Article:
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Tuesday, April 12, 2011     FOR YOUR EYES ONLY

Egypt's top Sunni targeted as Mubarak 'apologist'

CAIRO — The theological seat of Sunni Islam has been rocked by a reform campaign that ousted Egyptian President Hosni Mubarak.


Egypt's Al Azhar University, regarded as the official theological center of Sunni Muslims, has been enswirled in a drive by reformers to oust its grand sheik. The sheik, Ahmed Al Tayib, has been warned to resign and the Sunni cleric was barred from his office in Al Azhar.

The opposition, which has been holding demonstrations, said that the sheik allowed hundreds of plainclothes security officers to attend Al Azhar in a regime drive to monitor dissent.

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"Al Tayib was one of the biggest apologists for the Mubarak regime and he cannot stay in his position," an Al Azhar opposition cleric said.

Al Azhar, financed and controlled by the regime, has long been divided between Mubarak apologists and clerics close to the opposition Muslim Brotherhood. Al Tayib, himself, has been involved in the dismissal of hundreds of clerics deemed disloyal of the government.

With the ousting of Mubarak in February, Al Tayib has faced a wall of opposition, Middle East Newsline reported. The university has prevented Tayib from entering his offices and demanded that he resign.

In response, Al Tayib has offered to step down. But the new military regime of Defense Minister Mohammed Tantawi has refused, saying this could spark a purge of other Mubarak appointees.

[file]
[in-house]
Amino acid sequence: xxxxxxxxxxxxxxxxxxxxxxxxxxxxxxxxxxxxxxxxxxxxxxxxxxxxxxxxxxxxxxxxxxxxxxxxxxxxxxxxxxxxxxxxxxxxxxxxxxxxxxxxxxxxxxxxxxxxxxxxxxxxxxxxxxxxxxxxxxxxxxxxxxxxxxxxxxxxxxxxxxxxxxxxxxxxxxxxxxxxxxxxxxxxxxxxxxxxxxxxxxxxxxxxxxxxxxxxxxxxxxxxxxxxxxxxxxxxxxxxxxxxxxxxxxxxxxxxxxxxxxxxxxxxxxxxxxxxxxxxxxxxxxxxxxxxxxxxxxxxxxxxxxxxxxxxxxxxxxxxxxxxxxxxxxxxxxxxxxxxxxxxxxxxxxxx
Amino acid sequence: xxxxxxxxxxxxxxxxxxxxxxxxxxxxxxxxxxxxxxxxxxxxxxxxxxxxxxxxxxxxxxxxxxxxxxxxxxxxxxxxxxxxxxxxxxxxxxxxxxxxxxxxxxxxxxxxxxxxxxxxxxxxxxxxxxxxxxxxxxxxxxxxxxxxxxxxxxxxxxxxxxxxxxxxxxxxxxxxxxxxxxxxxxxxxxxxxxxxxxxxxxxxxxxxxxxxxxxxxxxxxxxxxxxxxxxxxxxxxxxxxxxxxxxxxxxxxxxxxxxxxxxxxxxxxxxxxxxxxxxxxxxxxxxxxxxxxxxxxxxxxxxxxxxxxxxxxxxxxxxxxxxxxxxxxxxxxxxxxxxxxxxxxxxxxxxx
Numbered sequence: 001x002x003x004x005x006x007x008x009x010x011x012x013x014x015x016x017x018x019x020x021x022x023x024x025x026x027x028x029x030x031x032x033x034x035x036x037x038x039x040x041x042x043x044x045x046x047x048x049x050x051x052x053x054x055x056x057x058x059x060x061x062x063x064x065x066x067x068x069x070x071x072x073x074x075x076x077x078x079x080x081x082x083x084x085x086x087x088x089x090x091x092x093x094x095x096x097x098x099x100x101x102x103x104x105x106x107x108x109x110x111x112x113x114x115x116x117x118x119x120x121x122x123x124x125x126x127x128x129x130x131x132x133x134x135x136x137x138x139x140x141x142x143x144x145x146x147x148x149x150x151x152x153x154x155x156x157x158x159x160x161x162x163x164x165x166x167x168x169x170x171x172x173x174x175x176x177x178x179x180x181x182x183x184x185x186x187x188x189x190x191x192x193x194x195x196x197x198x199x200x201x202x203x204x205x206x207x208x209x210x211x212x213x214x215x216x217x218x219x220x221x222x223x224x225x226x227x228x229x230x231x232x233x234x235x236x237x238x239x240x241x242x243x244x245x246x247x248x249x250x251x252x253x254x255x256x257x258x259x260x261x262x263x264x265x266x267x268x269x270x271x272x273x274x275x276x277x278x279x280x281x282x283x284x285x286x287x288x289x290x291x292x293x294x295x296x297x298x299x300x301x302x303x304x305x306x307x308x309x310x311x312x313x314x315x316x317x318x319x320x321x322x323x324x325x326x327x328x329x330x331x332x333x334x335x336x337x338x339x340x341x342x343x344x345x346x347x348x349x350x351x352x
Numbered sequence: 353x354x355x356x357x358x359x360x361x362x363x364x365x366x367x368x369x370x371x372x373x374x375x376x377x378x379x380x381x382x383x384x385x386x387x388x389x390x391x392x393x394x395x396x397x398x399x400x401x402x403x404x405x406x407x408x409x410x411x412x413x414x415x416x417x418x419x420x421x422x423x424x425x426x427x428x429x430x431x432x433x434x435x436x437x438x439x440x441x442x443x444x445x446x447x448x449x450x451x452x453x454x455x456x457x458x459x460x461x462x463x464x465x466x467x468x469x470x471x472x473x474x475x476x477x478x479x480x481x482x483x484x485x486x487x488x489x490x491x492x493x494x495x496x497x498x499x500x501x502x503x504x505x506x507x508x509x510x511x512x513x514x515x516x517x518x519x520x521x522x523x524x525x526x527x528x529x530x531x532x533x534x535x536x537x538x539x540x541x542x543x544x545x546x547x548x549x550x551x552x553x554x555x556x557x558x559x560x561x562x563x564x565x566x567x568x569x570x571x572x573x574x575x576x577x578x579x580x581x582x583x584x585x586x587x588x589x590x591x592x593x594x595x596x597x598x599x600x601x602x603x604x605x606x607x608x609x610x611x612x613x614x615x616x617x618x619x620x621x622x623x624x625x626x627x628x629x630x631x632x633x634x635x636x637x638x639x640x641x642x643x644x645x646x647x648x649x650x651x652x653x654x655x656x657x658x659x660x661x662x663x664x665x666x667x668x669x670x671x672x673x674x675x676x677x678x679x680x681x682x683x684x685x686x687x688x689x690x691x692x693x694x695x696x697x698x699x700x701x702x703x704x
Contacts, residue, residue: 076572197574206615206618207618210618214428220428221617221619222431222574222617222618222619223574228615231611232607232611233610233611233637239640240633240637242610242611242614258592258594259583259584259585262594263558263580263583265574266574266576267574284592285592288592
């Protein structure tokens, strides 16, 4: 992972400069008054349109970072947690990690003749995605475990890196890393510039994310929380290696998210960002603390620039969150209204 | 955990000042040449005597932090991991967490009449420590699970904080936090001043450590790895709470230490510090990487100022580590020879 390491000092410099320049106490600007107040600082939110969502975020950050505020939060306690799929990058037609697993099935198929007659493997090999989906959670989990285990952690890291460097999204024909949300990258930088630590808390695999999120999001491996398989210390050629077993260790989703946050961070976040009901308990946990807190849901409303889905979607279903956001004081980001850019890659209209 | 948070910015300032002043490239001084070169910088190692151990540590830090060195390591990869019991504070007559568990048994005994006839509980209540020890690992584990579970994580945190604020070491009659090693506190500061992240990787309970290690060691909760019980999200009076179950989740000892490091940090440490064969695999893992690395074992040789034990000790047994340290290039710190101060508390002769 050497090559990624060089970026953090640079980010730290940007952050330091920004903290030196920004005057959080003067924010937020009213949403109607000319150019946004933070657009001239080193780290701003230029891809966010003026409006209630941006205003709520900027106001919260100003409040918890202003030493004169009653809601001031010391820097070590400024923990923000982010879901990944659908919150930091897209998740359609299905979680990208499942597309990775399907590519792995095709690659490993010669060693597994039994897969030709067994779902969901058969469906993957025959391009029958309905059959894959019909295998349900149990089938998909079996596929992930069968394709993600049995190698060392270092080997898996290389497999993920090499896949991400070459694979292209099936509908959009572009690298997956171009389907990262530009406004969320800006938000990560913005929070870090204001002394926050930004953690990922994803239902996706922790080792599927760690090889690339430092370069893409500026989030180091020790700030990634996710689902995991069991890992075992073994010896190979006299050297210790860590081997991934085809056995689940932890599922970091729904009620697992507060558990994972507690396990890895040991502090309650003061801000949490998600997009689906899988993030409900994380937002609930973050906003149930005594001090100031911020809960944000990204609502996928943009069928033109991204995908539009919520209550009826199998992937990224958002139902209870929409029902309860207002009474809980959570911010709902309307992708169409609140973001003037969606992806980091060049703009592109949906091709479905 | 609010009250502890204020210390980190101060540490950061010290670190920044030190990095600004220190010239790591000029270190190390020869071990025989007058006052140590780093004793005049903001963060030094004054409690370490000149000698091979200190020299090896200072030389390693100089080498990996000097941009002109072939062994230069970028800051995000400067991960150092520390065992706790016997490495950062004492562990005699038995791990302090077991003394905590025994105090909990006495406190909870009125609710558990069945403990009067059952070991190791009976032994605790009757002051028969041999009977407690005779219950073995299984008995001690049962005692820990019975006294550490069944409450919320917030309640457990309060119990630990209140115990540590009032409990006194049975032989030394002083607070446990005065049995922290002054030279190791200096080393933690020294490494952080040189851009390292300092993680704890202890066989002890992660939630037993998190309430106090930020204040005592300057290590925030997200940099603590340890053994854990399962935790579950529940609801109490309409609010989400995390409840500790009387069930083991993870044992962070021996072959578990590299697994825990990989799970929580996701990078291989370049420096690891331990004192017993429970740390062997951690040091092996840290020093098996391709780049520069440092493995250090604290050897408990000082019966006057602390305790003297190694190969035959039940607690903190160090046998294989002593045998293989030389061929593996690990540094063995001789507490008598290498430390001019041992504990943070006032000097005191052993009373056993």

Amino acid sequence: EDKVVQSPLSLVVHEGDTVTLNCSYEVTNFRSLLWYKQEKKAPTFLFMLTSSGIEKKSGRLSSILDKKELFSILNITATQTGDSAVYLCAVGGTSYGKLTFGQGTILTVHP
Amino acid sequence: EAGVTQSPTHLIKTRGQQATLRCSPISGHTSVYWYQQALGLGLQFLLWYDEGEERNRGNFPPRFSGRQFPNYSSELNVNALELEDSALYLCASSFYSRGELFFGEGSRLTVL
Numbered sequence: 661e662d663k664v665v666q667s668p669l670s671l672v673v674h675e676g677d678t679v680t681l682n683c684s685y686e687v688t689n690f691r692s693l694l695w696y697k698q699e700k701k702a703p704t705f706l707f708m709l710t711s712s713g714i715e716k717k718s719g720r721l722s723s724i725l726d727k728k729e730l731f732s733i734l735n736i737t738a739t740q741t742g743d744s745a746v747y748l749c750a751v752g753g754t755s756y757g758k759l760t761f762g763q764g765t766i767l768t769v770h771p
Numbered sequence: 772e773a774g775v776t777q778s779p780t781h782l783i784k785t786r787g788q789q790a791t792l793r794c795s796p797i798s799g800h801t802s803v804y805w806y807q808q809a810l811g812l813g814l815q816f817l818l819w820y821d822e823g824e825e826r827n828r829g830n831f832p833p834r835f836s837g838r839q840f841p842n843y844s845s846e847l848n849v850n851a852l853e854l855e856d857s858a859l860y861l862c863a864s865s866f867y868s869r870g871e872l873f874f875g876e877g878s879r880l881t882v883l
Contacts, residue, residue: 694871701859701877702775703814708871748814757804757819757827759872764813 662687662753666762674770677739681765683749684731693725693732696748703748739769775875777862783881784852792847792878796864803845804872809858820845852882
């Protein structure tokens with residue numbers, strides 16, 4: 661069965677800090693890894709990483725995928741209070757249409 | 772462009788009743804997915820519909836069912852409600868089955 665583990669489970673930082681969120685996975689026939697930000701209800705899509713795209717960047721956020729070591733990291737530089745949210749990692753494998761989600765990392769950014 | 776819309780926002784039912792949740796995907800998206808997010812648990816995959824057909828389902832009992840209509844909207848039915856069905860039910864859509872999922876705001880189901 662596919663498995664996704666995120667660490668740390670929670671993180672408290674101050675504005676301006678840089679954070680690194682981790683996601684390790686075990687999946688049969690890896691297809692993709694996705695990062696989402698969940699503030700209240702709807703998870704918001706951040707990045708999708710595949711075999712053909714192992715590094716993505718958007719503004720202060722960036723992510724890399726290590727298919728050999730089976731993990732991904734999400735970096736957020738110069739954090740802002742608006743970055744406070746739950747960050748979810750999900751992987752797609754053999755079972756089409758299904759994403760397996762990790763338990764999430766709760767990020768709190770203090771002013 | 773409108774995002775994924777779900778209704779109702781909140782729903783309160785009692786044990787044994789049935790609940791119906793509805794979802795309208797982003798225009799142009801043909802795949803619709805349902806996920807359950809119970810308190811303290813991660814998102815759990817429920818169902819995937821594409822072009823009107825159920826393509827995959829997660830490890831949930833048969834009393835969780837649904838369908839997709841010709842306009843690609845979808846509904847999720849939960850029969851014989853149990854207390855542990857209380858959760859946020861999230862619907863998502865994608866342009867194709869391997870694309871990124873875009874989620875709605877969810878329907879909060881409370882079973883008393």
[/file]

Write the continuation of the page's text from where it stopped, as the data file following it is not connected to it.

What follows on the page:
"The military promised to support him and that he should be patient," the cleric said.

In mid-March, a military delegation met in Al Azhar with the opposition to Al Tayib. The opposition has demanded the dismissal of Al Tayib as well as all of his appointees and called on Al Azhar to become independent of the regime.

Egyptian sources said Al Tayib's plight has been that of thousands of appointees by Mubarak, who ruled from 1981 to 2011. They said that should Al Tayib and other Mubarak appointees resign they would be vulnerable to criminal charges linked to corruption and abuse of human rights. Already three of Mubarak's ministers, including former Interior Minister Habib Adli, have been on trial on charges of abuse.

Al Tayib has been accused of retaining aides at huge salaries who do not actually work.

"If there is to be democracy and reform in Egypt, it has to start with Al Azhar because of its enormous influence in Egypt and the rest of the Arab world," the cleric, who feared identification, said.

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